Nov 082011
 
Authors: Richard Fausset, Tina Susman and Chris Dufresne McClatchy-Tribune

Penn State’s football faithful should be worried this week about their upcoming home game against No. 19 Nebraska — about the Cornhuskers’ famous Midwestern physicality and a quarterback who can rush as well as he passes.

How quaint those concerns seemed Monday.

In a nationally televised news conference, Pennsylvania Attorney General Linda Kelly described the allegations of child sexual abuse against a former Penn State assistant coach that are threatening the reputation of a program famous for cultivating both winning ways and men of character — and perhaps even threatening the legacy its iconic architect, 84-year-old head coach Joe Paterno.

The accused coach, Jerry Sandusky, 67, served as Paterno’s defensive coordinator for 23 years before retiring in 1999. He was arrested Saturday on suspicion of sexually abusing eight boys from the late 1990s to 2009.

The lurid grand jury report describes a predator who allegedly used the razzle-dazzle of big-time athletics — including his access to Penn State facilities — to lure male victims as young as 8 years old.

“This is a case about a sexual predator accused of using his position within the community and the university to prey on numerous young boys for more than a decade,” Kelly said.

She noted another facet of the ongoing investigation that was “equally significant”: the allegations that two top Penn State administrators — Athletic Director Tim Curley and Gary Schultz, a senior vice president for finance and business — lied to a grand jury about the case and failed to report suspected abuse, raising the possibility that the administration at the 44,000-student school sought to protect the program’s vaunted reputation at all costs.”

“I’m a HUGE Paterno fan, but this just doesn’t wash at first glance,” said Pete Anthan, who graduated from Penn State in 1989 and who posted his reaction on the school’s Facebook page. “I am disgusted. I am ashamed of my university. Whether guilty or not, the fact that this all was met with a shrug is incomprehensible.”’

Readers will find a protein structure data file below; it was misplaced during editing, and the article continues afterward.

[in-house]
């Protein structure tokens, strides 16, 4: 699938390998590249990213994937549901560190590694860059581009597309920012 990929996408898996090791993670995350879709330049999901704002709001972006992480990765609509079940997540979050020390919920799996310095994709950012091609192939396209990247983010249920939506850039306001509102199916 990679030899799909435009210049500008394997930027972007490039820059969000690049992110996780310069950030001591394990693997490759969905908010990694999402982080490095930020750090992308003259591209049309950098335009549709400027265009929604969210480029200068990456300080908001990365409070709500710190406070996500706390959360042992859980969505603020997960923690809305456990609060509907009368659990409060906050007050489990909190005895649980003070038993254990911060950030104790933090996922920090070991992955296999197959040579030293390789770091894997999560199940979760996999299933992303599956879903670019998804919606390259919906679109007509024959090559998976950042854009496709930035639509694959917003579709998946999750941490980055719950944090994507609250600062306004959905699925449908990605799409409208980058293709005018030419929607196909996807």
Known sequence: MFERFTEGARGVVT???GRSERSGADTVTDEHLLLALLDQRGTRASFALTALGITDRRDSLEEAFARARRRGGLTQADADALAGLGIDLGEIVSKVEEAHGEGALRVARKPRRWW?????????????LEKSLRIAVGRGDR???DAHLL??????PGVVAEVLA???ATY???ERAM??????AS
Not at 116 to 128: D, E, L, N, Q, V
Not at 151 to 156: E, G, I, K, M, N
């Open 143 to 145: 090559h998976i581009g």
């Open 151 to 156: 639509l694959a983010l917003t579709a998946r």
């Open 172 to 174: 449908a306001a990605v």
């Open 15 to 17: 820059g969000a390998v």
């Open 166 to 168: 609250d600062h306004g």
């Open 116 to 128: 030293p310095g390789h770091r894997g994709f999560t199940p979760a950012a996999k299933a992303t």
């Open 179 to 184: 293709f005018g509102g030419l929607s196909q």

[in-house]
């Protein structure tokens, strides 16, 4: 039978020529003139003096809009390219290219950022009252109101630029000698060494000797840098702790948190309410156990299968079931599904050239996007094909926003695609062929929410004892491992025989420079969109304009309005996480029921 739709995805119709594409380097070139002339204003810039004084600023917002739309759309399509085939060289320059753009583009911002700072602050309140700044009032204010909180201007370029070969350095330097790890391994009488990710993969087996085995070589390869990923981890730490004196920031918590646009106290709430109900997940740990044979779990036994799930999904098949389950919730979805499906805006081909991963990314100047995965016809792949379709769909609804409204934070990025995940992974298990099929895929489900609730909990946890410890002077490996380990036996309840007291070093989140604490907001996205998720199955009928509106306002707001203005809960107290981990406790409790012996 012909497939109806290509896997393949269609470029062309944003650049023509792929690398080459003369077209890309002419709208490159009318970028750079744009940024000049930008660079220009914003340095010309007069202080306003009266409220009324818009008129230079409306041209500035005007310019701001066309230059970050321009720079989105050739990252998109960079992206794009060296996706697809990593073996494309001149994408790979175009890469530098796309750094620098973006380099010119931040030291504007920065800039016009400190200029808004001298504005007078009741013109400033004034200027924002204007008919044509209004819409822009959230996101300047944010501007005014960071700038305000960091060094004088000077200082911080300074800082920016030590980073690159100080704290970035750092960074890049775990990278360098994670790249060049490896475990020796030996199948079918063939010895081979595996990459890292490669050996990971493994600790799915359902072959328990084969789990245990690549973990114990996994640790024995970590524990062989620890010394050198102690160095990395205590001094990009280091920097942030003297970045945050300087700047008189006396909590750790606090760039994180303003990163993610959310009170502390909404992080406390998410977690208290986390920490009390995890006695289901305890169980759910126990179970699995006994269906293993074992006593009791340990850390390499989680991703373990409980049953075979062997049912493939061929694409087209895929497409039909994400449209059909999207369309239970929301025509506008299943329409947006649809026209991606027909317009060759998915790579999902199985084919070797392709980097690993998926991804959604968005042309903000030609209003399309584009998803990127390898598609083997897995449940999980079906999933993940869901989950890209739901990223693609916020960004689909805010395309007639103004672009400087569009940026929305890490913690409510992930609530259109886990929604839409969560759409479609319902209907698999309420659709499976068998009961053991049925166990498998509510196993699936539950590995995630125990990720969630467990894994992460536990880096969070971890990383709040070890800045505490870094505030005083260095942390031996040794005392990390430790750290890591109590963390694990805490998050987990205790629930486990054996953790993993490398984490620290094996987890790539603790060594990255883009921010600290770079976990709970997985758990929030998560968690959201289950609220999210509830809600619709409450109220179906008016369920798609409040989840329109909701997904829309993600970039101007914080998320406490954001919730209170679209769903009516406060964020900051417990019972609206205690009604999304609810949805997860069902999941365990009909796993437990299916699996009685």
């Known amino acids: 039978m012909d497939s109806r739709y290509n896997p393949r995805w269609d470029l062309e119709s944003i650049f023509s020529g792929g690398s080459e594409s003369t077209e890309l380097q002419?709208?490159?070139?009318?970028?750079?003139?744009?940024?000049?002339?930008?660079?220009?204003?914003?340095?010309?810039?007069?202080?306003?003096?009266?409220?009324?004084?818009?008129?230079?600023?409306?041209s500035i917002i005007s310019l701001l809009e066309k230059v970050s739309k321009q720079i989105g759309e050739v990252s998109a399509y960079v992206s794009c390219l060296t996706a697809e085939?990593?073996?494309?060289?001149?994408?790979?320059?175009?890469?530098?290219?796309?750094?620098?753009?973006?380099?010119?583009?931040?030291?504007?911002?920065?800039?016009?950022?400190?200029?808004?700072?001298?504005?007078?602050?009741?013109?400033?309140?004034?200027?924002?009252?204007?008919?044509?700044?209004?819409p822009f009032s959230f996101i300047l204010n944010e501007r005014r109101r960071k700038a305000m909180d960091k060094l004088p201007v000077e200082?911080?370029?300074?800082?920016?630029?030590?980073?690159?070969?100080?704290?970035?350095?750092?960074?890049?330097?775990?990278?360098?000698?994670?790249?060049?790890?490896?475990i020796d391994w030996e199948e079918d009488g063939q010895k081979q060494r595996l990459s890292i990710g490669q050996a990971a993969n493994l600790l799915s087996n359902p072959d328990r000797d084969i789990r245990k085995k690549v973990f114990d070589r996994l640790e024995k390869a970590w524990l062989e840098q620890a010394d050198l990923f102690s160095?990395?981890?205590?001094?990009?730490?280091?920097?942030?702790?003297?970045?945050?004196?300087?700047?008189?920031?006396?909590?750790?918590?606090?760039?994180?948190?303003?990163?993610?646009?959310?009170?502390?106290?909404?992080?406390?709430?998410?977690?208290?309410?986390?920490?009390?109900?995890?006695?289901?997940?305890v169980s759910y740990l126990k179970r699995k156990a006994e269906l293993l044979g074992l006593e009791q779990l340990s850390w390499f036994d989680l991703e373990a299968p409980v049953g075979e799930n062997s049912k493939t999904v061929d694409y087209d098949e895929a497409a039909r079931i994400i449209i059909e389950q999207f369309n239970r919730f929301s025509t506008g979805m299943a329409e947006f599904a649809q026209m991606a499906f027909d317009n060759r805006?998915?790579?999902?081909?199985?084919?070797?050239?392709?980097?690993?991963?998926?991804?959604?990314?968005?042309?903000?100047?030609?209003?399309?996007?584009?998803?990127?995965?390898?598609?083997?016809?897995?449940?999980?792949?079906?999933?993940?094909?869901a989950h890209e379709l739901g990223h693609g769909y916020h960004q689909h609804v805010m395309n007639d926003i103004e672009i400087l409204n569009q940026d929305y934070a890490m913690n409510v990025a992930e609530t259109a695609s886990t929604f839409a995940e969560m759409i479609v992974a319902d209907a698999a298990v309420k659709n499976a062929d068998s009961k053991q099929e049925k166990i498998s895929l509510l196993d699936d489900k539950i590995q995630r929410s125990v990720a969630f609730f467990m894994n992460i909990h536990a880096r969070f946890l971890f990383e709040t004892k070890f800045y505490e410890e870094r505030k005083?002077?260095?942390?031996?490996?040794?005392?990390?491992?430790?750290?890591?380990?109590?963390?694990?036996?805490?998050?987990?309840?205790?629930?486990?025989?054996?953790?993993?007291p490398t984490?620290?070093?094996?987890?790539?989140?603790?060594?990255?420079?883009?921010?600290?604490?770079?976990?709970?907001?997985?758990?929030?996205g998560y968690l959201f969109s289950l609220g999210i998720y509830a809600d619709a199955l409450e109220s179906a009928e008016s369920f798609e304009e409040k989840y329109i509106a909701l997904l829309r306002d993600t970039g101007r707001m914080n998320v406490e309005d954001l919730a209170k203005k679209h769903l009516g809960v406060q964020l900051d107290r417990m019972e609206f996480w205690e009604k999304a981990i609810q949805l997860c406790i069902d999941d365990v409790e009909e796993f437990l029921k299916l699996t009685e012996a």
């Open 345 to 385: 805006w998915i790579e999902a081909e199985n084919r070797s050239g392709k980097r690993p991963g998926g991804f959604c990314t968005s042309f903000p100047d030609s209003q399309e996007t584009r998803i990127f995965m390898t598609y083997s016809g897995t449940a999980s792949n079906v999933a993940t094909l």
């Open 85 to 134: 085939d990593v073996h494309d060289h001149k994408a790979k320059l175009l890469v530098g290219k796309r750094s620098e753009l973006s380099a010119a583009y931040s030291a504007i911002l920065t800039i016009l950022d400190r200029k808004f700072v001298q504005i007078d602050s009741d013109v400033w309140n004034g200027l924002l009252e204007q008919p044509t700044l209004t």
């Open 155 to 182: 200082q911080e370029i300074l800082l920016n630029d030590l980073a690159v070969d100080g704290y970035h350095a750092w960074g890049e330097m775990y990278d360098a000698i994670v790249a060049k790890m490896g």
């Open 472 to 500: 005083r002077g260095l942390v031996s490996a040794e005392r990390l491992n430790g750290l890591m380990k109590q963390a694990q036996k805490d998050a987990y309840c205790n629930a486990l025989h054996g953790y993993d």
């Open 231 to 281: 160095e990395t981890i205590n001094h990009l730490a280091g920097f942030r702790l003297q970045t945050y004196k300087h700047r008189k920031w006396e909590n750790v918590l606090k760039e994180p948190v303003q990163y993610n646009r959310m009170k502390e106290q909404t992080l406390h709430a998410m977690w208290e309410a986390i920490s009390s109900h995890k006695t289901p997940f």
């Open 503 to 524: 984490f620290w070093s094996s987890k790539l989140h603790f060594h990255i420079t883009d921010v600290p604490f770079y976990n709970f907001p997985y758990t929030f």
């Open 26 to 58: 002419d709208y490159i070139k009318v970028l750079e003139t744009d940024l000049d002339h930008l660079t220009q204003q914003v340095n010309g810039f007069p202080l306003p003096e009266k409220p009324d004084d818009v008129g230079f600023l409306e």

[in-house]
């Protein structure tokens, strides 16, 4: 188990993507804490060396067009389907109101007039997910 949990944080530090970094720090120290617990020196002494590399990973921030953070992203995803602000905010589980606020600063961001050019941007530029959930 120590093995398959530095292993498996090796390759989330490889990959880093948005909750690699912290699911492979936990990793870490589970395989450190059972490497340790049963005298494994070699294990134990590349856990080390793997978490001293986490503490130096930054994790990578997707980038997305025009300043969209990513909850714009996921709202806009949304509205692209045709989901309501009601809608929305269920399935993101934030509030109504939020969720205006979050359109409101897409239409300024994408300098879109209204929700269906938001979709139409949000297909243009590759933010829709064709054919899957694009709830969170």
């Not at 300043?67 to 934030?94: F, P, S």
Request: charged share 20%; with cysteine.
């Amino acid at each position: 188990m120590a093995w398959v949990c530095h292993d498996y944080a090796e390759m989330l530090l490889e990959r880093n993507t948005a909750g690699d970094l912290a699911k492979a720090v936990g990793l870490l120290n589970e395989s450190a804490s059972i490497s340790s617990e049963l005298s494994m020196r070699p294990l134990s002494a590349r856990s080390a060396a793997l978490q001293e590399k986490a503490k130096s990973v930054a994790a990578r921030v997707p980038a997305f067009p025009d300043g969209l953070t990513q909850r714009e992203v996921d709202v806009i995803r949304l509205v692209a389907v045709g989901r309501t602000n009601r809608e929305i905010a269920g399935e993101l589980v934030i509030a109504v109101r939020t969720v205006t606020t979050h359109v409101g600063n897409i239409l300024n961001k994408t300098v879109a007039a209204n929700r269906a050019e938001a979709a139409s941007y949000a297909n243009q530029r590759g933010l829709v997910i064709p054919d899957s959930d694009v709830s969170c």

Sandusky faces various criminal charges, including multiple charges of involuntary deviate sexual intercourse. He was released Saturday on $100,000 bail.

Schultz and Curley appeared in court in Harrisburg, Penn., on Monday and were freed on $75,000 bail each after surrendering their passports. Curley asked to be put on administrative leave Sunday to have the time to defend himself. Schultz’s retirement was also announced.
Lawyers for all three men say they are innocent.

It is unclear what all of this will mean for Paterno, a 62-year veteran of the Penn State football program, who holds the record for most wins in Division I history, and is one of the few working coaches on a par with such gridiron legends as Vince Lombardi and Paul “Bear” Bryant.

Kelly said Monday that Paterno is “not regarded as a target” of the investigation at present. She noted that Paterno followed state law in reporting an alleged abuse incident involving Sandusky to his Penn State superiors in 2002.

Paterno, in a statement, lamented the possibility that young people may have suffered. “If this is true, we were all fooled,” he wrote.

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